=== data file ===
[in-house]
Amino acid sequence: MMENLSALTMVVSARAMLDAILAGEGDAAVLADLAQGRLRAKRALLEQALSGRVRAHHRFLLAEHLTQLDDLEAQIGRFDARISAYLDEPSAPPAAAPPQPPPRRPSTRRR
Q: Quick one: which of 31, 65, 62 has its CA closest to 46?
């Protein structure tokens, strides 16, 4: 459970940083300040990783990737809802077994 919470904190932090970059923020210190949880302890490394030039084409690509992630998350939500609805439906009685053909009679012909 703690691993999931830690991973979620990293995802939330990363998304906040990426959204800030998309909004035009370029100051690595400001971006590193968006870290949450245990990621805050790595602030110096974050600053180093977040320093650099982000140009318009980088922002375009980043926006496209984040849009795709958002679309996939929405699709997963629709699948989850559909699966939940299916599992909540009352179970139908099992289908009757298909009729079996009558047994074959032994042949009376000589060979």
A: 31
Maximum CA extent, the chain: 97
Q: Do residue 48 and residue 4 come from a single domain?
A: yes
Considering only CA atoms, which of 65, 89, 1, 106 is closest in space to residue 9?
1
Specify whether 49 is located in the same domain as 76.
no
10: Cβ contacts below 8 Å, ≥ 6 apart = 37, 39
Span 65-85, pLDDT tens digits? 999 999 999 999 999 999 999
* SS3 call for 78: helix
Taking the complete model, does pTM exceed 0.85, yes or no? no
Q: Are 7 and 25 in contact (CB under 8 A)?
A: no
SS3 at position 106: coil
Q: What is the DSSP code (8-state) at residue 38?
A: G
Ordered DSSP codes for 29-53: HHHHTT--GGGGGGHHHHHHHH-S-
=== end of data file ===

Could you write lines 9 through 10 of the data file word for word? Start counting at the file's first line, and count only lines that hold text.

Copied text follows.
Considering only CA atoms, which of 65, 89, 1, 106 is closest in space to residue 9?
1